Today is a difficult day for Ed Miliband and the Labour party. Which way do they tack on the issue of riots?
Ed’s instincts are to examine the social causes for the disorder, and tackle its root causes. But he knows the public might see that as excusing criminal behaviour, so he has to tread a fine line, especially if he wants to distance himself in part from the government.
His speech started in a moderate tone, welcoming the prime minister’s speech and thanking the Speaker for recalling parliament. This is a tactic he has used effectively in recent months, starting consensually before working himself to a rousing and more combative finish.
But the climax never came. He found a few technical points on which to challenge the Tories, including:
1) That there should not be a cap on the government-backed payouts for victims of looting;
2) The costs of the police operation should be funded by the Treasury reserve;
3) The increased police presence could continue beyond this weekend.
On all of these points, and others, Cameron was able to give a positive response. On two other points, Miliband had an open goal to aim at, namely use of CCTV, which Cameron wants to regulate more heavily, and cuts to police numbers. On both, Labour is on the side of public opinion where the coalition is not.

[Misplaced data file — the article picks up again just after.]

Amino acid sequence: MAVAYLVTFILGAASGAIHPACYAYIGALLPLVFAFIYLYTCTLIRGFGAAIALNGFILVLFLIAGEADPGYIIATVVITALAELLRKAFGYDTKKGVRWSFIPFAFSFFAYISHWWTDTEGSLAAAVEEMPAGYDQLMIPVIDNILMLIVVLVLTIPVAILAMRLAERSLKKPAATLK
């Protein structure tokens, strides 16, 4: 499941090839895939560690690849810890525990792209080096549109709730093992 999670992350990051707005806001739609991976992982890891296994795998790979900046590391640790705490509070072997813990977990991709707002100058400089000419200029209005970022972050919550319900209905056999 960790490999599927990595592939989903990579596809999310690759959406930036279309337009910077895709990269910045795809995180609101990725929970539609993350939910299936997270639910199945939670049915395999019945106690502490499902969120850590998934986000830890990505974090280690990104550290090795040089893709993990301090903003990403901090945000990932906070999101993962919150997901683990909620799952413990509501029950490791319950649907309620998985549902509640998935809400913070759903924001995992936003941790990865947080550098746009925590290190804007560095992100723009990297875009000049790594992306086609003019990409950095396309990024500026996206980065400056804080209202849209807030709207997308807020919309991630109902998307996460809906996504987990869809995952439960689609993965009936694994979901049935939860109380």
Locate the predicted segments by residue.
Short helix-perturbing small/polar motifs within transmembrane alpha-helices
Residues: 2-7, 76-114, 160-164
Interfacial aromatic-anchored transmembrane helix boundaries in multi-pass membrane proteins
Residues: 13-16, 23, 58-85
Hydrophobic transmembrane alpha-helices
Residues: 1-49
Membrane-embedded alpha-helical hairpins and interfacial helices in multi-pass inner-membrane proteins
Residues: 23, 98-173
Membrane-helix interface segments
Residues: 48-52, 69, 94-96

On neither point, however, did he register anything close to passion, despite the anger felt in the country, especially on police cuts.
Where he was most fluent and most interesting was on the underlying social reasons for the unrest. He used Cameron’s own words (“To seek to explain is not to seek to excuse”) to blunt the possible government attack on his message.
This is a generation – and this is not just about one government – that is worried about their prospects.
He also sought to link the looting to wider greed in society:
We need an end to the ‘take what you can’ culture that goes from the benefits office to the boardroom.
But despite his warnings that politicians should not allow this chance to address such complex themes to pass, it is unlikely his considered comments will strike much of a chord with the public, many of whom are still angry and frightened.
Interestingly, Miliband did manoeuvre David Cameron into a position he may find difficult to stick to. The prime minister said:
I believe that [cutting police budgets] is totally achievable without any reductions in visible policing.
So now, if it does become clear that front line policing is being cut, Labour have Cameron’s own words with which to skewer him.